Memorial to Paul Dittamo

End of Watch: October 30, 2010
Officer  Badge No. 4484
32    Years of Service: 1
Location of Death:
2400 block of Martin Luther King Ave., SE
Duty Assignment: Seventh District



Officer Paul Dittamo was killed in an automobile accident while responding to assist an
officer who was struggling with a suspect high on PCP.

At approximately 1:00 am, Officer Dittamo and his partner were responding to the
incident on Morris Road, SE. Their vehicle was traveling northeast on Martin Luther
King Jr. Avenue, SE when he swerved to avoid a vehicle that failed to yield right of way.

Their patrol collided with a utility pole in the 2200 block of MLK Avenue. Officer
Dittamo was killed in the collision and his partner sustained non-life threatening



Officer Dittamo, age 32, had been a member of the Department since June
2009. He was assigned to the Seventh District. He is survived by his wife, Shana
Dittamo; parents, Hector and Theresa Dittamo; and seven sisters and brothers.


Articles from the Washington Post – transcribed by Dave Richardson, MPD/Ret.

A D.C. police officer who died after a car crash Saturday morning “loved” the job, which
he had done for almost a year and a half, his sister said Saturday.

Officer Paul Dittamo, 32, was responding to a call when the car he was driving crashed
into a utility pole about 1:30 a.m., and he was pronounced dead at a hospital a half-hour
later, police said.

Dittamo is the first D.C. police officer to die in the line of duty since 2007.

Another officer, a passenger in the car, suffered injuries that are not considered life-
threatening, authorities said. He was undergoing medical treatment, police
spokeswoman Gwendolyn Crump said in a statement. She did not release his name.
The car crashed in the 2200 block of Martin Luther King Jr. Avenue SE as the officers
were traveling to the 1400 block of Morris Road SE. The crash remains under
investigation, Crump said.

A police source said the officers were on their way to help evaluate somebody thought to
be on PCP.

Dittamo opened and ran a pizza parlor franchise in Woodbridge before he started
training to become a police officer.

“He loved it, which is why this is so terrible,” Christy Bossard, Dittamo’s older sister,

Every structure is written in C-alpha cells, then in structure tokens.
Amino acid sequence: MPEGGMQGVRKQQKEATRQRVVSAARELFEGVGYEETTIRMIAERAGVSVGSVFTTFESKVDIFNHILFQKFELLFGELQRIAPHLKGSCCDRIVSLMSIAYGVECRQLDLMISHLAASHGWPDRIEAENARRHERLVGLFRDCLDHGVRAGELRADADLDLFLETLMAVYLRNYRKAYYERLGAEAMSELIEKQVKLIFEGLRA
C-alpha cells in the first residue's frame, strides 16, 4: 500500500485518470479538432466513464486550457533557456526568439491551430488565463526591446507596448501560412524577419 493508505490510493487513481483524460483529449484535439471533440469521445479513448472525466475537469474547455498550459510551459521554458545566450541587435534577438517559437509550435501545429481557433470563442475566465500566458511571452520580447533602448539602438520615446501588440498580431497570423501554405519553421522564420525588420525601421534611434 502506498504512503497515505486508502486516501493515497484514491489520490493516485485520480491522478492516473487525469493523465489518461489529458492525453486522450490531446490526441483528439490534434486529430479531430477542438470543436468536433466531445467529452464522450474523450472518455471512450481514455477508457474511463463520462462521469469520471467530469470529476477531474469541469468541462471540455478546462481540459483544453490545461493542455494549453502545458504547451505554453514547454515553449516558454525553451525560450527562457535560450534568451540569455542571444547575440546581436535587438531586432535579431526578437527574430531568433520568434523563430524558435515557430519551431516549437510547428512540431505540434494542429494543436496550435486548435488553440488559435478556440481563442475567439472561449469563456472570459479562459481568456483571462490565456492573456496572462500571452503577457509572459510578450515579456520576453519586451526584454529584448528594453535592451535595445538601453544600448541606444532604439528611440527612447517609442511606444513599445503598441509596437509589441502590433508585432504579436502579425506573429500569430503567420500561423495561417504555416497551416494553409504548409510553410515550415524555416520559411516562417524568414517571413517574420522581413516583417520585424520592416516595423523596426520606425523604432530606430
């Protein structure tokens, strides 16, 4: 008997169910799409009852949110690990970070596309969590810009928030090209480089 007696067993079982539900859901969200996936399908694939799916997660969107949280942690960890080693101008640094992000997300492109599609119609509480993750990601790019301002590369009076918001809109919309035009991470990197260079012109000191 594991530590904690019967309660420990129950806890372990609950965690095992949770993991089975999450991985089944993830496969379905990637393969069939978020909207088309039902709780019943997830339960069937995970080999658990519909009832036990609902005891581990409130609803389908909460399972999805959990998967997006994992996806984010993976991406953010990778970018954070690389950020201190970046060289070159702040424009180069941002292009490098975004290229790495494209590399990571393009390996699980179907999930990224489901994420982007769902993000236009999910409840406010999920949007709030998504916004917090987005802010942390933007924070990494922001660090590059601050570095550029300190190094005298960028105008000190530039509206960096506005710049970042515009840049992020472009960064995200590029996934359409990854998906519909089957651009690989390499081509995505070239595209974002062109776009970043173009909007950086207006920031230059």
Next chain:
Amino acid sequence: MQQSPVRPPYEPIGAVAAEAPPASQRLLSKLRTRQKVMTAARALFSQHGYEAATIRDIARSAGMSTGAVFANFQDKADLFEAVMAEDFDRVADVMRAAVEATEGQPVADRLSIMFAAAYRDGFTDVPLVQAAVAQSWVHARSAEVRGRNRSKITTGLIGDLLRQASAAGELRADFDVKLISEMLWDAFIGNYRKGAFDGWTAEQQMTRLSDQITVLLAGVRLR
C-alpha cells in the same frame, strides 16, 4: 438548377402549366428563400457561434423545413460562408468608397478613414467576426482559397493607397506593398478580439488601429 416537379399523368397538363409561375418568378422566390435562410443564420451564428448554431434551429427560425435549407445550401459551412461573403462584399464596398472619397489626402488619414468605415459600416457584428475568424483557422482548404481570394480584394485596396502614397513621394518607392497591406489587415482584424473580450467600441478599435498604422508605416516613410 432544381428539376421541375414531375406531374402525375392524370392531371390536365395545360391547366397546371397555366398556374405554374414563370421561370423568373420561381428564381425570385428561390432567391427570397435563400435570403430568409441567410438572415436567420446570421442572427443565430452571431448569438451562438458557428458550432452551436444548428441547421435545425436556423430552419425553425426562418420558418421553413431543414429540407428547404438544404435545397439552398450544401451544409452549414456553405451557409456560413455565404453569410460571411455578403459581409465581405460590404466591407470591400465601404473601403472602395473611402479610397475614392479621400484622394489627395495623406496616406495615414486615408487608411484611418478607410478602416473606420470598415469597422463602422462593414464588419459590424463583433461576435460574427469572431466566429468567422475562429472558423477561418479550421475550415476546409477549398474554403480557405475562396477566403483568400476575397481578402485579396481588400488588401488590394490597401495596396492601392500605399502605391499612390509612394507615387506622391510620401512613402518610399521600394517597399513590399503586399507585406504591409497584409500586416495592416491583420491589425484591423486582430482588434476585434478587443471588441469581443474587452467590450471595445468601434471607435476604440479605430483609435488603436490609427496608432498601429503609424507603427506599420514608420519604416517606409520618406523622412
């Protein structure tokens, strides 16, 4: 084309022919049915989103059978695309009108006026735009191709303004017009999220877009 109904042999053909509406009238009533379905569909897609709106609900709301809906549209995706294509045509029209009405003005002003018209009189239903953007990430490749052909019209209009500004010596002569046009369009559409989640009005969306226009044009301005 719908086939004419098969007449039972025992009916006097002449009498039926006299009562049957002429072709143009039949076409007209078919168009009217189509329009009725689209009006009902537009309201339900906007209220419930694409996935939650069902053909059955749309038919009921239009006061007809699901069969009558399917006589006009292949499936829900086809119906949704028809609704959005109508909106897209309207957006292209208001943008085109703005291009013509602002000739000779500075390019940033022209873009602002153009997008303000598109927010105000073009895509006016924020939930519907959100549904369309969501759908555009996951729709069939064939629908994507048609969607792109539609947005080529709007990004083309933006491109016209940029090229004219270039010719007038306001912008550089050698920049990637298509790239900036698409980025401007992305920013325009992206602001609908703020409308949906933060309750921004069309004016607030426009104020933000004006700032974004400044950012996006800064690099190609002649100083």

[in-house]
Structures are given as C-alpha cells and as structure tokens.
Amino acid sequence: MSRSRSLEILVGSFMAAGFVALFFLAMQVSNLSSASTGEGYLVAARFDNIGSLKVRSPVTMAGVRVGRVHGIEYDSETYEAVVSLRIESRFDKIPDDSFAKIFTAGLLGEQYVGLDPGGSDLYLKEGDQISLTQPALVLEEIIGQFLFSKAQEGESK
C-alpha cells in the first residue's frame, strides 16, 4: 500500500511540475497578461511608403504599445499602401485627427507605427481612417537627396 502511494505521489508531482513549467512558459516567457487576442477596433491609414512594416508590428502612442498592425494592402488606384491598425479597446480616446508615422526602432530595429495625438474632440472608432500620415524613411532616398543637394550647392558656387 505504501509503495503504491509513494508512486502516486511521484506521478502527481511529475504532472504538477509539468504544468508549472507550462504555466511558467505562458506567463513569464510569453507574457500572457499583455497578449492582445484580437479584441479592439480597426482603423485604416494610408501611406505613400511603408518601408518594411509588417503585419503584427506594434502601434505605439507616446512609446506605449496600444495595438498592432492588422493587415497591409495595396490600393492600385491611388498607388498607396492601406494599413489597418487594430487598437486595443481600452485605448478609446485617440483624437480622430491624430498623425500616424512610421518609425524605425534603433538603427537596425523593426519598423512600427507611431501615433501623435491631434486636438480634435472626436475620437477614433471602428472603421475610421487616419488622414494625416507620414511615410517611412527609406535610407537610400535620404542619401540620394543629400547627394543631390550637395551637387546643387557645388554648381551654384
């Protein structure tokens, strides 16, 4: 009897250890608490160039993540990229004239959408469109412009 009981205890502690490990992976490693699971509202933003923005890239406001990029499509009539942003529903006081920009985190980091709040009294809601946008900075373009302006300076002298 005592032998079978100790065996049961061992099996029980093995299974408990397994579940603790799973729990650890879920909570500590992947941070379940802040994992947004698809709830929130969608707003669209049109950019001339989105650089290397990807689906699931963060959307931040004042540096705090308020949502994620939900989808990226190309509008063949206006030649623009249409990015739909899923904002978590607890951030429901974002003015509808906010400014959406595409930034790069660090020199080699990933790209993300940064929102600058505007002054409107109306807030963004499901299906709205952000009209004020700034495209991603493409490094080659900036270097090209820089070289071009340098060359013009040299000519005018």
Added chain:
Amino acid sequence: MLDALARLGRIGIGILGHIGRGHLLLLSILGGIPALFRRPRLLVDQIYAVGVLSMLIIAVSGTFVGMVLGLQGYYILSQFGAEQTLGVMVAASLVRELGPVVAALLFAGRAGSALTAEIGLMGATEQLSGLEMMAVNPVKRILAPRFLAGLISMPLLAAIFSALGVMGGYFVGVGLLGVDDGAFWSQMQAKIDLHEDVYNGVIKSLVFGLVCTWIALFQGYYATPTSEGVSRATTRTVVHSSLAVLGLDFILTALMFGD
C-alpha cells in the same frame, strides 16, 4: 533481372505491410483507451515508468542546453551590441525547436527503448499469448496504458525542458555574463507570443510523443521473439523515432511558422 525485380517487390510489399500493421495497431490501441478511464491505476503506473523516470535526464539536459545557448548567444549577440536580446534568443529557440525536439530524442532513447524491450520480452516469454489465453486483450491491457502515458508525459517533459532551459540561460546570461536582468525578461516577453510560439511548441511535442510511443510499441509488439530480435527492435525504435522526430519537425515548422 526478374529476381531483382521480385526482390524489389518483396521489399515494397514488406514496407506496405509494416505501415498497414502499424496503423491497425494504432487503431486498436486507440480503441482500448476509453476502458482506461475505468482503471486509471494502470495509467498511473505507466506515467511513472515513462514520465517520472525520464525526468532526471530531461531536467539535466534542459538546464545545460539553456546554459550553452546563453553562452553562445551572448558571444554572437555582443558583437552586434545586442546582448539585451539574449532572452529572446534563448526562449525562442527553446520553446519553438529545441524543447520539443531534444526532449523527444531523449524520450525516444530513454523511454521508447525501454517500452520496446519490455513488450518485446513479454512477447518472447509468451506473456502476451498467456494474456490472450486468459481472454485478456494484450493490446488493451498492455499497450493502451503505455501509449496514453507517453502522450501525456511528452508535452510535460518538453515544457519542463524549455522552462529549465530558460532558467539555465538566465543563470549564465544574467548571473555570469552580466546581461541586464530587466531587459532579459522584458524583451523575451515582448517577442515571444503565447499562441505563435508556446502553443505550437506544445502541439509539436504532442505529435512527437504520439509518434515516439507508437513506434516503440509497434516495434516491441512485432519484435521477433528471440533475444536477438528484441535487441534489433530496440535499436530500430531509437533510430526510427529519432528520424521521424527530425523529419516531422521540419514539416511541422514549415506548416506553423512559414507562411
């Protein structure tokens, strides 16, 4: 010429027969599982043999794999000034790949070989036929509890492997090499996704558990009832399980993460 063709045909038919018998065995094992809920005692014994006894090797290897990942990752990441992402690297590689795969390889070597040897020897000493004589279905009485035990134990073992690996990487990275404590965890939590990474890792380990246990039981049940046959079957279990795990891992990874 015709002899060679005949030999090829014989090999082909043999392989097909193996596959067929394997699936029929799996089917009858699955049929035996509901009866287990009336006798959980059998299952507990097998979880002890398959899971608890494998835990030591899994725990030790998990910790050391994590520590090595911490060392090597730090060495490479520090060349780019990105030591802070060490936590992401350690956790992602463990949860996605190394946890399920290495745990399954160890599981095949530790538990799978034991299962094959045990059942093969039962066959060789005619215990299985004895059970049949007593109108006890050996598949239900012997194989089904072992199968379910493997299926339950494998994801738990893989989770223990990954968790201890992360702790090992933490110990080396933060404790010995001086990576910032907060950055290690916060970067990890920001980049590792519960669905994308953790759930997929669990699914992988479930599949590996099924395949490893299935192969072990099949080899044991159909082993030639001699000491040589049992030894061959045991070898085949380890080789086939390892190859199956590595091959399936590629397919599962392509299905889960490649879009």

said of police work. “He was always looking for, ‘What job do I want to do?’ “
But this one, Bossard said, he planned to keep.

“It didn’t last very long,” she said.

Dittamo’s family gathered Saturday at the red-brick home in Woodbridge where he grew
up as the second-youngest of eight siblings, all of whom live in the Washington area,
Bossard said. Dittamo lived with his wife a 15-minute drive away.

“He was the life of the party,” Bossard said. “That’s why he got into policing, and he
always wanted to help people.”

During the record snowfalls last winter, she said, Dittamo was the one who took all his
nieces and nephews sledding.

Dittamo joined the D.C. police force in June 2009, and he worked in the 7th Police
District, in the southernmost part of the city. His sister said he enjoyed talking shop
with a brother-in-law who is a police officer in Prince William County.

Neighbors on Dittamo’s Woodbridge Street were shocked to hear the news.

“They were really nice people,” Nicky Barnes, who lives next door, said of Dittamo and
his wife. “He was always talking to my son when my son is out riding his bike.”

Barnes said Dittamo had talked about becoming a police officer in the District. “I know
that was something he was pretty excited about,” she said.

Of Woodbridge, VA, an officer of the District of Columbia Metropolitan Police
Department, died in the line of duty on Saturday, October 30, 2010.

Born on August 25, 1978 at Ft. Belvoir, VA., Paul was the son of Hector and Theresa
Dittamo of Lake Ridge who survive. He graduated in 1997 from Woodbridge Senior
High School and received an Associate Degree in Culinary Art from Stratford University.
In 2005 Paul and his family opened Fox’s Pizza Den in the Glen Shopping Center in
Lake Ridge.

After 16 years in the restaurant industry, working in various restaurants in the
Woodbridge, Springfield and Fredericksburg areas, and through the influence of his
brother-in-law Prince William Police Sergeant Matt Mihalovich, Paul joined the DC
Metropolitan Police. He chose the DCMP because that is where he thought he could do
the most good and serve the people best. Had his life not been cut short, Paul would
undoubtedly have cooked up some fine meals for his fellow officers.

In addition to his parents, Paul is survived by his wife Shana Condie Dittamo and by
their unborn first child. Also surviving are his siblings Christy (Eric) Bossard, Angie (Ed)
Lowther, Becky (Matt) Mihalovich, Jennifer (Carl) Blevins, Andrew (Courtney) Dittamo,
Peter Dittamo, and Elizabeth Dittamo; and by 21 nieces and nephews.

The family will receive friends on Wednesday, November 3 from 2 to 4 and 6 to 9 p.m. at
Miller Funeral Home, 3200 Golansky Blvd, Woodbridge, Va. A funeral Mass will be